Covering the entire spectrum of Arabic manuscripts, and especially the handwritten book, this book consists of a glossary of technical terms and a bibliography. The technical terms, collected from a variety of sources, embrace a vast range of topics dealing with the making and reading (studying) of Arabic manuscripts. They include: the Arabic scripts, penmanship, writing materials and implements, the make-up of the codex, copying and correction, decoration and bookbinding. A similar coverage is reflected in the bibliography.
In view of the fact that, as yet, there is no concise monograph on Arabic manuscripts in the English language, this book is an important contribution to this field. And, since Arabic manuscripts represent an enormous resource for research, this work is an indispensable reference for all students of Islamic civilization.
Adam Gacek, currently Head of the Islamic Studies Library, McGill University (Montreal), has published many articles on Arabic manuscripts and a number of catalogues, including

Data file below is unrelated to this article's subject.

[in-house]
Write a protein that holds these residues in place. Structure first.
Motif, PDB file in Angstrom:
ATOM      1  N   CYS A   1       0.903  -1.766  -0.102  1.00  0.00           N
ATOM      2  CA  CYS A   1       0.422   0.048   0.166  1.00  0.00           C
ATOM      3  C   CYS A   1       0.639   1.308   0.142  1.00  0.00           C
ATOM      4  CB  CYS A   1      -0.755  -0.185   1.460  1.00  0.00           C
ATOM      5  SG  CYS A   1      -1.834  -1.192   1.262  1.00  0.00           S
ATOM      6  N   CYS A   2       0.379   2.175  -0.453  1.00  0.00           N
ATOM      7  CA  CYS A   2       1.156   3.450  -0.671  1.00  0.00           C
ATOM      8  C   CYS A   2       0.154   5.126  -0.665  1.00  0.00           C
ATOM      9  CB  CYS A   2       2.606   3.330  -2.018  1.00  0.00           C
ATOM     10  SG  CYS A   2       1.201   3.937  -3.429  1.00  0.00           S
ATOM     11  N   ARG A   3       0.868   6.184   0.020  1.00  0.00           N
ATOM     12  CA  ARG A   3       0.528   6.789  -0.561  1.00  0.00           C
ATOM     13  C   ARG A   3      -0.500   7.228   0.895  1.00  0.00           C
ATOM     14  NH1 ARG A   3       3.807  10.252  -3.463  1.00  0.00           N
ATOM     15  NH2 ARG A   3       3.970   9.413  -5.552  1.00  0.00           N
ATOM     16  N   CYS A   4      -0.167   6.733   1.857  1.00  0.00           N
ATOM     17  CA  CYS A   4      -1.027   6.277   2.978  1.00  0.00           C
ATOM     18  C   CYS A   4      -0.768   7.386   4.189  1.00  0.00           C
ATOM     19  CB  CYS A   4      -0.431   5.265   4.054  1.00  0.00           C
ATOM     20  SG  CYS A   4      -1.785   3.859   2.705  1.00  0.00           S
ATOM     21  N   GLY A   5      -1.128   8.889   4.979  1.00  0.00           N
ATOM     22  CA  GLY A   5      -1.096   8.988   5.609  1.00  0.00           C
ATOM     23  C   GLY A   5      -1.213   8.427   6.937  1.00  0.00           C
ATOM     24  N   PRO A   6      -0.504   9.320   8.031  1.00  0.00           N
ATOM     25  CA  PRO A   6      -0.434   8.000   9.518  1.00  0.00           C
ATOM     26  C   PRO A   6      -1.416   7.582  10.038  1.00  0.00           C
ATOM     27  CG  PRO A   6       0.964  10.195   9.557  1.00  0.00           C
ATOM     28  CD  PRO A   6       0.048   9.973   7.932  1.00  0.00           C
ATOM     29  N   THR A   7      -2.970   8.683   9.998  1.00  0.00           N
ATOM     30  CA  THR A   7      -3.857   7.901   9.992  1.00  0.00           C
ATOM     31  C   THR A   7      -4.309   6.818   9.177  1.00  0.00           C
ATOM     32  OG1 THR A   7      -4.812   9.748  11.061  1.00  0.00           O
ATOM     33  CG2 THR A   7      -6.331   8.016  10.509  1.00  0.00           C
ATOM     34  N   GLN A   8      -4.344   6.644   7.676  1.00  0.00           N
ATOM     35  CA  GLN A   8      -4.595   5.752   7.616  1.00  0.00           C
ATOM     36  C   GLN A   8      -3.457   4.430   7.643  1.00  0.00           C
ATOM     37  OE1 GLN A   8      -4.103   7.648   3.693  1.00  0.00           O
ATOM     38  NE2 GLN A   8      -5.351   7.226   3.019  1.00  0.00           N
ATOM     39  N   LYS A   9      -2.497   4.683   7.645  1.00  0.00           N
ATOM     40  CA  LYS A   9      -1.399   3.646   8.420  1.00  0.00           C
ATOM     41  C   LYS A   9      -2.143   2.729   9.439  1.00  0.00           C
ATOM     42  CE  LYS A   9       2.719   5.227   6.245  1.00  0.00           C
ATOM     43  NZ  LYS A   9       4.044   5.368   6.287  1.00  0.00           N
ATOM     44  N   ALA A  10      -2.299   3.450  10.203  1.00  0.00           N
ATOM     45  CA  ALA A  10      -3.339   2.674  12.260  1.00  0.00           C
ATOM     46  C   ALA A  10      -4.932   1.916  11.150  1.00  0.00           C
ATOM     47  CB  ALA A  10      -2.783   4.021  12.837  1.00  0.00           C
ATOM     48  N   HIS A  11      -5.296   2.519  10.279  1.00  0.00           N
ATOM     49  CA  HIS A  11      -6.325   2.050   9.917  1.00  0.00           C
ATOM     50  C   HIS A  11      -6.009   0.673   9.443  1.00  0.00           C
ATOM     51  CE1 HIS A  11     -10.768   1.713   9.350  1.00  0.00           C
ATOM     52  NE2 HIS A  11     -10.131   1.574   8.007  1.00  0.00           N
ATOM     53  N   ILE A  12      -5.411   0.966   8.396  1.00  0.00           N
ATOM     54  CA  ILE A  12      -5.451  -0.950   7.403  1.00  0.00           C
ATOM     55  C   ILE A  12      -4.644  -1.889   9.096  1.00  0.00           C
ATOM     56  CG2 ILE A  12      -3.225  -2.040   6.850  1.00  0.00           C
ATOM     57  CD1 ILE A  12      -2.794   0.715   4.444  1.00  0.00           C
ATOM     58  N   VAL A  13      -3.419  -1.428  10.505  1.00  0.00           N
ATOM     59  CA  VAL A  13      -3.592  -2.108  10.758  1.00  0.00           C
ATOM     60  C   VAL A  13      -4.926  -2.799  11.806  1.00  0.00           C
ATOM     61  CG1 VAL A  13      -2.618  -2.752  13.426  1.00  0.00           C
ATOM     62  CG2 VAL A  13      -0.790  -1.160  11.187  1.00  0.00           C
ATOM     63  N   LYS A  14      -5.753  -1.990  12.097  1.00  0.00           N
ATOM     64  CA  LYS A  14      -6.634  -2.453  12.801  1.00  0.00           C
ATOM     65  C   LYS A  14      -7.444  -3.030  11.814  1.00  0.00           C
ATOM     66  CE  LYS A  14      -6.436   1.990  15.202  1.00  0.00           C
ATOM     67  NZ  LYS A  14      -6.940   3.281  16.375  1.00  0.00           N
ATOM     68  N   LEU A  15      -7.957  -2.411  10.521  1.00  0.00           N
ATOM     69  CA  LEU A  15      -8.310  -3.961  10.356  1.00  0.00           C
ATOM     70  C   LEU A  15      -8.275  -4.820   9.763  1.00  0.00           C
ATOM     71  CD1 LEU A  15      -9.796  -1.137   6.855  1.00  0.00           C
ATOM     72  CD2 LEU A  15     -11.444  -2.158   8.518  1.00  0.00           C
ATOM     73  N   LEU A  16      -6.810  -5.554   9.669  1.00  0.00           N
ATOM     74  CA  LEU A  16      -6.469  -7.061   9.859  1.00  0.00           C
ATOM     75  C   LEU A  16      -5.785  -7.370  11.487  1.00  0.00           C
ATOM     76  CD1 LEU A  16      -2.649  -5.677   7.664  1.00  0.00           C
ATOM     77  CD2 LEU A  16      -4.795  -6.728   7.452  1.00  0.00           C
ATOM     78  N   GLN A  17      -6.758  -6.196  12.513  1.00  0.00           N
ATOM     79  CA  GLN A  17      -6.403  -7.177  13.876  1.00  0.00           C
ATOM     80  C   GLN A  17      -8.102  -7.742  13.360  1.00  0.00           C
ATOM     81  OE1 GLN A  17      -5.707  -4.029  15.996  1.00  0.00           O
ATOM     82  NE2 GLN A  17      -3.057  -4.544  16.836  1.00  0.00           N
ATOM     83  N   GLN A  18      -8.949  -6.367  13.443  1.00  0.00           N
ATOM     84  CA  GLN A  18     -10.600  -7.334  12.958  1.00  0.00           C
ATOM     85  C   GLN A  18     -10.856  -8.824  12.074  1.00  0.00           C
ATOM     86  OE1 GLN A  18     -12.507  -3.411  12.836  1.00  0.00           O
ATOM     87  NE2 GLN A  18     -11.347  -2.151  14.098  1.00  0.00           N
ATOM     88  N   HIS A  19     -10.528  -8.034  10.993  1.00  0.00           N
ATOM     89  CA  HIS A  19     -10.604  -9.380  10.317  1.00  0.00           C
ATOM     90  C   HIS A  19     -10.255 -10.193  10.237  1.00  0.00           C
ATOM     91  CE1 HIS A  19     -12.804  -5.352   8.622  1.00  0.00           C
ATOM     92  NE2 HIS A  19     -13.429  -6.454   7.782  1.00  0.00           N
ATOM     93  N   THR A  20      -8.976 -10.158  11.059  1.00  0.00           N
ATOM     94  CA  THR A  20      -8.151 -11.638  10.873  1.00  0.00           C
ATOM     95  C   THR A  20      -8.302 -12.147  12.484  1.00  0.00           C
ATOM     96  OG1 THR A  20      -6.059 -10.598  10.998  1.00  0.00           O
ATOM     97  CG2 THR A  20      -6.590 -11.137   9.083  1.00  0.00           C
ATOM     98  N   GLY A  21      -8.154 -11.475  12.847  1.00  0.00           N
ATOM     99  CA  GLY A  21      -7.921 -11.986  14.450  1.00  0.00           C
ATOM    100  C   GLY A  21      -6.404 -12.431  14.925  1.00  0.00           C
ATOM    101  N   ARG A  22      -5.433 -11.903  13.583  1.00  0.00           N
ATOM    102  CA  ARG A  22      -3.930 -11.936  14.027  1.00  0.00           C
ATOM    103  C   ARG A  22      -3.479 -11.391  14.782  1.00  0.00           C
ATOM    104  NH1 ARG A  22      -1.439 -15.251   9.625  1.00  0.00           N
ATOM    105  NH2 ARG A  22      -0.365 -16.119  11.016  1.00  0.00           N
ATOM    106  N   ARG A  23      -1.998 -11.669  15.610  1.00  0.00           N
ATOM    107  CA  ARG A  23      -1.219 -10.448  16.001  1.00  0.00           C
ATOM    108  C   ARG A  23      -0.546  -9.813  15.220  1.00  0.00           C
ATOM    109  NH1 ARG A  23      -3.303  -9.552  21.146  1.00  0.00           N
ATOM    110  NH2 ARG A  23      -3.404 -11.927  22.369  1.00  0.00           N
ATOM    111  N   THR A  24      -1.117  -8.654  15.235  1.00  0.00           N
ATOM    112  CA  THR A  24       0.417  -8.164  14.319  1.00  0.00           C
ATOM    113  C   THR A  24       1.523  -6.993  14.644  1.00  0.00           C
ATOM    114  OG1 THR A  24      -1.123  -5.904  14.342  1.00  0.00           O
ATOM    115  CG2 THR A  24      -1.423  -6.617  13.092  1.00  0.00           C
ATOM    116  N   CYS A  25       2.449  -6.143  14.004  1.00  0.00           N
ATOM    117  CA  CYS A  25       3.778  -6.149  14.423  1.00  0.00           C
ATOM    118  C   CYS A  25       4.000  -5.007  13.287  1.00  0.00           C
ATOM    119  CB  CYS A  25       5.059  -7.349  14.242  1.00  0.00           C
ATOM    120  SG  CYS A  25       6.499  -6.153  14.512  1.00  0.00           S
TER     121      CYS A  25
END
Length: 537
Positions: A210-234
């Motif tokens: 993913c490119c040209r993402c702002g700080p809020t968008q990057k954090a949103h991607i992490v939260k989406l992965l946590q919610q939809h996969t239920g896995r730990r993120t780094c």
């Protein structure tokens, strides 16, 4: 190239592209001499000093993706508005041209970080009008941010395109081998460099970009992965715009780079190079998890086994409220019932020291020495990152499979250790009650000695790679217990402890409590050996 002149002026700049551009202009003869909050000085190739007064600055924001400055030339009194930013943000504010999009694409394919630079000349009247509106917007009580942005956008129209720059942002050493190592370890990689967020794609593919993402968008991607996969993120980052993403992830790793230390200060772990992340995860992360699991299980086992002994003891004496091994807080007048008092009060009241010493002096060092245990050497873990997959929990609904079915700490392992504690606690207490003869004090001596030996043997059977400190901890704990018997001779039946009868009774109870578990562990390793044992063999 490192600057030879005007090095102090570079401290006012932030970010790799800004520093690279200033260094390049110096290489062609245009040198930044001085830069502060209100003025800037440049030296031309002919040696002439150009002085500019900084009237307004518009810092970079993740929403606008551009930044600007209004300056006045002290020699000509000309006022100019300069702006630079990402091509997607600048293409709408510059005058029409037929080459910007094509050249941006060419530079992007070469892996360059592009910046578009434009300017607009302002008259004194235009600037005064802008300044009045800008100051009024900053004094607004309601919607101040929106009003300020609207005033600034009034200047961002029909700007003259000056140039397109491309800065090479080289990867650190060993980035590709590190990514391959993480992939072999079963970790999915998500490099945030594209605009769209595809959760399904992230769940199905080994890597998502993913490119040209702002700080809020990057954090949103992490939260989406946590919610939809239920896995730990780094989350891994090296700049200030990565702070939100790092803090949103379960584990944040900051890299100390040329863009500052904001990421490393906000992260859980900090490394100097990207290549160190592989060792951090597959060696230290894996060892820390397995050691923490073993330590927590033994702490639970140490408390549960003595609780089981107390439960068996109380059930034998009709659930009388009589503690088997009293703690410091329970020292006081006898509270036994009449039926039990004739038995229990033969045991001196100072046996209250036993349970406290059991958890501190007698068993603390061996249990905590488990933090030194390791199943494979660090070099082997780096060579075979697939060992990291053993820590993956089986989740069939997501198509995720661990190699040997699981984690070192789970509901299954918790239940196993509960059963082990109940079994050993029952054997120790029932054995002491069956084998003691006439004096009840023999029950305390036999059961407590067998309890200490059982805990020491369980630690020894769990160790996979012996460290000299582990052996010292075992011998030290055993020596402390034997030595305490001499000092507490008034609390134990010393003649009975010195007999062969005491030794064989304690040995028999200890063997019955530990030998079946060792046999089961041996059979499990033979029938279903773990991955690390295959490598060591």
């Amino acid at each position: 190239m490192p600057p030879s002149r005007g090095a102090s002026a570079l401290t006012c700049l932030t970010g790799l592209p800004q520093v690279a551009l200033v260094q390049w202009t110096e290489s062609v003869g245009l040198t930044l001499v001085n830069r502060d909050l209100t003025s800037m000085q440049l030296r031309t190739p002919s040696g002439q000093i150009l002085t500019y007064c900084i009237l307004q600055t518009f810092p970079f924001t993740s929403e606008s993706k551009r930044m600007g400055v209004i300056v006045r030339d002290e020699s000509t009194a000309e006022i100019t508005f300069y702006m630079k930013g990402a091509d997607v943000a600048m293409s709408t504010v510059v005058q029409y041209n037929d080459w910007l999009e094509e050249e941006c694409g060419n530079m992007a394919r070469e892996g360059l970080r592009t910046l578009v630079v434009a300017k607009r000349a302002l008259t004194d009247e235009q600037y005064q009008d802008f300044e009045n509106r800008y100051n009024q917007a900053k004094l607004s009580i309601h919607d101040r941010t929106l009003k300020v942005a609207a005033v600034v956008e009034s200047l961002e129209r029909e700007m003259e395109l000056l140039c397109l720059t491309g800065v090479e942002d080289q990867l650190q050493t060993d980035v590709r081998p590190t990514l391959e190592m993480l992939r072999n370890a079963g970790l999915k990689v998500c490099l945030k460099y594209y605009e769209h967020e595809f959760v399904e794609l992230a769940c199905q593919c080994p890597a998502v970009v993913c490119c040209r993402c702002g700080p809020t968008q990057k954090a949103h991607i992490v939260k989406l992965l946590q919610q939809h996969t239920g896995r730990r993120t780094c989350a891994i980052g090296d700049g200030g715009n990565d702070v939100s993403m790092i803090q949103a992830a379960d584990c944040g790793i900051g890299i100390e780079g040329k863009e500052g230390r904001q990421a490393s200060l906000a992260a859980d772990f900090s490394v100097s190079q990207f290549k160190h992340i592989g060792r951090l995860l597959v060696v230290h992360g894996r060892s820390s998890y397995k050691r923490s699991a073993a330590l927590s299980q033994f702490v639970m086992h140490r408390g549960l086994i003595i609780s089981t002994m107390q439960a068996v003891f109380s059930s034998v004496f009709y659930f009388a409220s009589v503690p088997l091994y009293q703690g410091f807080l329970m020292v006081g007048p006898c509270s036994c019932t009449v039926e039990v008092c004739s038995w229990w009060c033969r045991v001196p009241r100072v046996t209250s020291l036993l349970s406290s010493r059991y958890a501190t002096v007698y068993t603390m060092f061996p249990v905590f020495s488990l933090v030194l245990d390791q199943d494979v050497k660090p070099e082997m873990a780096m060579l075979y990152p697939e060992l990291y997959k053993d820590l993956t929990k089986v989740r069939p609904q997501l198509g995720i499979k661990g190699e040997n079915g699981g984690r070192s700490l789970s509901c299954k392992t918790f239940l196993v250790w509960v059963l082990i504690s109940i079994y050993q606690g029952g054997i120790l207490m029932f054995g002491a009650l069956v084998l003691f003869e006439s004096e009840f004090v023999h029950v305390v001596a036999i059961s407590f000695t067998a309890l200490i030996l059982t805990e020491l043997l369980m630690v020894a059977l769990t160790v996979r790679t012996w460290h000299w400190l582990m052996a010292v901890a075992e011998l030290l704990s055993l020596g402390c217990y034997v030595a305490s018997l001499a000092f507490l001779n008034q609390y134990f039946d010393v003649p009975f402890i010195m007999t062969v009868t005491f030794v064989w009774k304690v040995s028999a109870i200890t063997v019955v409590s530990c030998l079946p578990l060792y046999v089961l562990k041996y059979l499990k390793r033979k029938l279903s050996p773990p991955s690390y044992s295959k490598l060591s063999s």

Arabic manuscripts in the libraries of McGill University (1991).
“…an indispensable research, library, and archival companion for students and researchers that are interested in bibliomancy, calligraphy, specifically Arabic, Qur’anic manuscripts, penmanship, bookbinding, papermaking, decoration, and the tools associated with all these crafts. Praise for this monumental effort is essentially superfluous and no library or centre which is concerned with the Islamic manuscript and book tradition should be without the set. Academics and researchers would also find the books as indispensable companions.”
Amidu Olalekan Sanni, JOAS, 2010
All those interested in the handwritten transmission of knowledge and book culture in Islamic civilization, and more specifically palaeographers, codicologists, philologists, editors of manuscripts, medievalists, and historians of art.